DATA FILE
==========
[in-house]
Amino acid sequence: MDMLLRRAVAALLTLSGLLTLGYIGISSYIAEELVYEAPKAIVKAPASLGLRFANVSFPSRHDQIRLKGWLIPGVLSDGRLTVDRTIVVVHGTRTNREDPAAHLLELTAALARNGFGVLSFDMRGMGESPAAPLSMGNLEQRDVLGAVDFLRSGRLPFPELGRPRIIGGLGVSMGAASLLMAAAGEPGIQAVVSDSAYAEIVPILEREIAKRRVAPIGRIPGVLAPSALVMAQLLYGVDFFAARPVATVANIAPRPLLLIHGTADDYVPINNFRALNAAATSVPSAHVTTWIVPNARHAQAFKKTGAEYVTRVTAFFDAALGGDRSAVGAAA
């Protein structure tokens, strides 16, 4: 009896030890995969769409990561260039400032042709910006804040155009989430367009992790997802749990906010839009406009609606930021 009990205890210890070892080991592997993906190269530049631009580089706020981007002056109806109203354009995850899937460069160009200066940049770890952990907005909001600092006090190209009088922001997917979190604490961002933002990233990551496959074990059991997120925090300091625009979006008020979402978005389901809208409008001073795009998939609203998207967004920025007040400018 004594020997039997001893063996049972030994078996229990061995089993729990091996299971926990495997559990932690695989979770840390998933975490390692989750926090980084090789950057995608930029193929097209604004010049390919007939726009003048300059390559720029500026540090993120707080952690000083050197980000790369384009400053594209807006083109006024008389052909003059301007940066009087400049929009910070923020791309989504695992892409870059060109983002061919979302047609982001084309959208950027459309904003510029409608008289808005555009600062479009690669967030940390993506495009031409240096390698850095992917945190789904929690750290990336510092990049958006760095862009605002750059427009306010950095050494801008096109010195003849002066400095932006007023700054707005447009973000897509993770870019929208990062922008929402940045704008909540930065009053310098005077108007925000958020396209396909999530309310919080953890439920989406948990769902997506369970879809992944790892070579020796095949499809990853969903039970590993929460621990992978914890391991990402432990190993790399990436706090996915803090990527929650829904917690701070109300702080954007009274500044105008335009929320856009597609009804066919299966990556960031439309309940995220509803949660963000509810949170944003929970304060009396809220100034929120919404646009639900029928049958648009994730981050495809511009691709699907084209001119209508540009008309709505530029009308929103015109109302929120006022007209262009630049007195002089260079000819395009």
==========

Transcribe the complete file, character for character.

[in-house]
Amino acid sequence: MDMLLRRAVAALLTLSGLLTLGYIGISSYIAEELVYEAPKAIVKAPASLGLRFANVSFPSRHDQIRLKGWLIPGVLSDGRLTVDRTIVVVHGTRTNREDPAAHLLELTAALARNGFGVLSFDMRGMGESPAAPLSMGNLEQRDVLGAVDFLRSGRLPFPELGRPRIIGGLGVSMGAASLLMAAAGEPGIQAVVSDSAYAEIVPILEREIAKRRVAPIGRIPGVLAPSALVMAQLLYGVDFFAARPVATVANIAPRPLLLIHGTADDYVPINNFRALNAAATSVPSAHVTTWIVPNARHAQAFKKTGAEYVTRVTAFFDAALGGDRSAVGAAA
């Protein structure tokens, strides 16, 4: 009896030890995969769409990561260039400032042709910006804040155009989430367009992790997802749990906010839009406009609606930021 009990205890210890070892080991592997993906190269530049631009580089706020981007002056109806109203354009995850899937460069160009200066940049770890952990907005909001600092006090190209009088922001997917979190604490961002933002990233990551496959074990059991997120925090300091625009979006008020979402978005389901809208409008001073795009998939609203998207967004920025007040400018 004594020997039997001893063996049972030994078996229990061995089993729990091996299971926990495997559990932690695989979770840390998933975490390692989750926090980084090789950057995608930029193929097209604004010049390919007939726009003048300059390559720029500026540090993120707080952690000083050197980000790369384009400053594209807006083109006024008389052909003059301007940066009087400049929009910070923020791309989504695992892409870059060109983002061919979302047609982001084309959208950027459309904003510029409608008289808005555009600062479009690669967030940390993506495009031409240096390698850095992917945190789904929690750290990336510092990049958006760095862009605002750059427009306010950095050494801008096109010195003849002066400095932006007023700054707005447009973000897509993770870019929208990062922008929402940045704008909540930065009053310098005077108007925000958020396209396909999530309310919080953890439920989406948990769902997506369970879809992944790892070579020796095949499809990853969903039970590993929460621990992978914890391991990402432990190993790399990436706090996915803090990527929650829904917690701070109300702080954007009274500044105008335009929320856009597609009804066919299966990556960031439309309940995220509803949660963000509810949170944003929970304060009396809220100034929120919404646009639900029928049958648009994730981050495809511009691709699907084209001119209508540009008309709505530029009308929103015109109302929120006022007209262009630049007195002089260079000819395009």